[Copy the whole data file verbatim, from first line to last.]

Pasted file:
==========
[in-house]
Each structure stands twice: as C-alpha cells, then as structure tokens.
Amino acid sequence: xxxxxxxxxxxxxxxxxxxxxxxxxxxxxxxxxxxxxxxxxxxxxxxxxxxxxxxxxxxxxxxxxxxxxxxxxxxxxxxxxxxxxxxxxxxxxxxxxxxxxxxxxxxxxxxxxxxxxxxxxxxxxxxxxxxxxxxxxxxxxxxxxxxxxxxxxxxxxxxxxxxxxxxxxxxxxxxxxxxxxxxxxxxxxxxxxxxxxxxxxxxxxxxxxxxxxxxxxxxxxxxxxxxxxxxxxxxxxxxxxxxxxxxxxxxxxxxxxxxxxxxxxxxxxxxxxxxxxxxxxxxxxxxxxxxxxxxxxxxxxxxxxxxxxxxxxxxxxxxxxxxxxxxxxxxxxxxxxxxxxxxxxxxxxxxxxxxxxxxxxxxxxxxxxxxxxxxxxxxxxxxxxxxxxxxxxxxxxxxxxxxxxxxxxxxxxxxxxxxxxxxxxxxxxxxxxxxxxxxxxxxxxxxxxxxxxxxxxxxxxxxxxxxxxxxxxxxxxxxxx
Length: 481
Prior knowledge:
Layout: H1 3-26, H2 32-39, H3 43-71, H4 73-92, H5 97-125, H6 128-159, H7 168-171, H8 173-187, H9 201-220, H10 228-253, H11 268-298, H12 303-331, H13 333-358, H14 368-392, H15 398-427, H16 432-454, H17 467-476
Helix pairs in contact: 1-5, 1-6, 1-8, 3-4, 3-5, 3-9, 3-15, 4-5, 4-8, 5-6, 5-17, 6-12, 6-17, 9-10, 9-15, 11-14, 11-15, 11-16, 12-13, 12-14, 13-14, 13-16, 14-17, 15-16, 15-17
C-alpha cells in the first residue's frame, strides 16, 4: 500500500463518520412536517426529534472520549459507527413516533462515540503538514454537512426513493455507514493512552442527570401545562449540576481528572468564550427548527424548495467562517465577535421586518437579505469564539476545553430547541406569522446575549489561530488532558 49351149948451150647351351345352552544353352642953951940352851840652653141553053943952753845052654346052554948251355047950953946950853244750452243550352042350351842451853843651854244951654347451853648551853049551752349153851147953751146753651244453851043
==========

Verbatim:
[in-house]
Each structure stands twice: as C-alpha cells, then as structure tokens.
Amino acid sequence: xxxxxxxxxxxxxxxxxxxxxxxxxxxxxxxxxxxxxxxxxxxxxxxxxxxxxxxxxxxxxxxxxxxxxxxxxxxxxxxxxxxxxxxxxxxxxxxxxxxxxxxxxxxxxxxxxxxxxxxxxxxxxxxxxxxxxxxxxxxxxxxxxxxxxxxxxxxxxxxxxxxxxxxxxxxxxxxxxxxxxxxxxxxxxxxxxxxxxxxxxxxxxxxxxxxxxxxxxxxxxxxxxxxxxxxxxxxxxxxxxxxxxxxxxxxxxxxxxxxxxxxxxxxxxxxxxxxxxxxxxxxxxxxxxxxxxxxxxxxxxxxxxxxxxxxxxxxxxxxxxxxxxxxxxxxxxxxxxxxxxxxxxxxxxxxxxxxxxxxxxxxxxxxxxxxxxxxxxxxxxxxxxxxxxxxxxxxxxxxxxxxxxxxxxxxxxxxxxxxxxxxxxxxxxxxxxxxxxxxxxxxxxxxxxxxxxxxxxxxxxxxxxxxxxxxxxxxxxxxxx
Length: 481
Prior knowledge:
Layout: H1 3-26, H2 32-39, H3 43-71, H4 73-92, H5 97-125, H6 128-159, H7 168-171, H8 173-187, H9 201-220, H10 228-253, H11 268-298, H12 303-331, H13 333-358, H14 368-392, H15 398-427, H16 432-454, H17 467-476
Helix pairs in contact: 1-5, 1-6, 1-8, 3-4, 3-5, 3-9, 3-15, 4-5, 4-8, 5-6, 5-17, 6-12, 6-17, 9-10, 9-15, 11-14, 11-15, 11-16, 12-13, 12-14, 13-14, 13-16, 14-17, 15-16, 15-17
C-alpha cells in the first residue's frame, strides 16, 4: 500500500463518520412536517426529534472520549459507527413516533462515540503538514454537512426513493455507514493512552442527570401545562449540576481528572468564550427548527424548495467562517465577535421586518437579505469564539476545553430547541406569522446575549489561530488532558 49351149948451150647351351345352552544353352642953951940352851840652653141553053943952753845052654346052554948251355047950953946950853244750452243550352042350351842451853843651854244951654347451853648551853049551752349153851147953751146753651244453851043